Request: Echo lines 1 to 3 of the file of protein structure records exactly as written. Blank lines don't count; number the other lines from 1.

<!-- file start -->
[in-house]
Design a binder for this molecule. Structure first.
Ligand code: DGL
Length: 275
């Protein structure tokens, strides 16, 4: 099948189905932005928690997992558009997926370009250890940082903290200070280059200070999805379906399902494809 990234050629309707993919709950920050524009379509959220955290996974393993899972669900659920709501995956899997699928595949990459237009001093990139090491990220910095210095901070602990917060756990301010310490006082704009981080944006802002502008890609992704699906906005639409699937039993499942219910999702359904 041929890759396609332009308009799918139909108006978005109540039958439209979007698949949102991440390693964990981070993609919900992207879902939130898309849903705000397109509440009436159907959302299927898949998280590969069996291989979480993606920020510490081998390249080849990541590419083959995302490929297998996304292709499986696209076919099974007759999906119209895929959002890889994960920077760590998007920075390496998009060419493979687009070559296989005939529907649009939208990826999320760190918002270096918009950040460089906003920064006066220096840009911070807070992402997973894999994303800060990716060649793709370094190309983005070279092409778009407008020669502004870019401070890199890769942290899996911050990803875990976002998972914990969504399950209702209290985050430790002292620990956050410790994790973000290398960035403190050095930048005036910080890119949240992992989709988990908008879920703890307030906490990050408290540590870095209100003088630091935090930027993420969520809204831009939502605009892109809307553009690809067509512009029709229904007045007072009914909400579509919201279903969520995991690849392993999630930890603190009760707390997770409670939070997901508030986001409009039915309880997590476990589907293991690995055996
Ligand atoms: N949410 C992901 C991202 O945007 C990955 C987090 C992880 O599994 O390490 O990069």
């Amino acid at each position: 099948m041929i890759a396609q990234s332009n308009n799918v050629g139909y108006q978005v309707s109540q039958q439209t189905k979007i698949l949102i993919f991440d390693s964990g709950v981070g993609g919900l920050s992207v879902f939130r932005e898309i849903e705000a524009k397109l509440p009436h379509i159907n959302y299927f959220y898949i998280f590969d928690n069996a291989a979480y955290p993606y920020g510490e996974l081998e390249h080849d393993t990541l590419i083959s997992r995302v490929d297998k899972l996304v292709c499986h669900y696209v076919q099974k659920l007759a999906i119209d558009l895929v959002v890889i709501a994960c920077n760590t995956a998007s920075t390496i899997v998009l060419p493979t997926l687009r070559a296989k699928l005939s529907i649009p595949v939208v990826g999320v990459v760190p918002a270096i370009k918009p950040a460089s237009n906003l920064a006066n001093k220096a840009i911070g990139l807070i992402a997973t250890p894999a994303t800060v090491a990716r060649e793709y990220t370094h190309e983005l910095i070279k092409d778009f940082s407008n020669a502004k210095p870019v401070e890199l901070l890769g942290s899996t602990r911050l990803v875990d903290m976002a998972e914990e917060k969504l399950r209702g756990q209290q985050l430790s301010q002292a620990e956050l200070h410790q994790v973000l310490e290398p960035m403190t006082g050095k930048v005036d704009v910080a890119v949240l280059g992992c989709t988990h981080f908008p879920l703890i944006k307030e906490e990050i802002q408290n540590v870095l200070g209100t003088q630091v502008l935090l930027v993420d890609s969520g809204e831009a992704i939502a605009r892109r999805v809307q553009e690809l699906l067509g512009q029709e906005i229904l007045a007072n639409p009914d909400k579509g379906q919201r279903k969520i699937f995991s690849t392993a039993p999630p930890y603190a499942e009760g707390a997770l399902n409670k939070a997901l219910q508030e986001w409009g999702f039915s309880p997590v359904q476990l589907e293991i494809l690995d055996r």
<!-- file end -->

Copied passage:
[in-house]
Design a binder for this molecule. Structure first.
Ligand code: DGL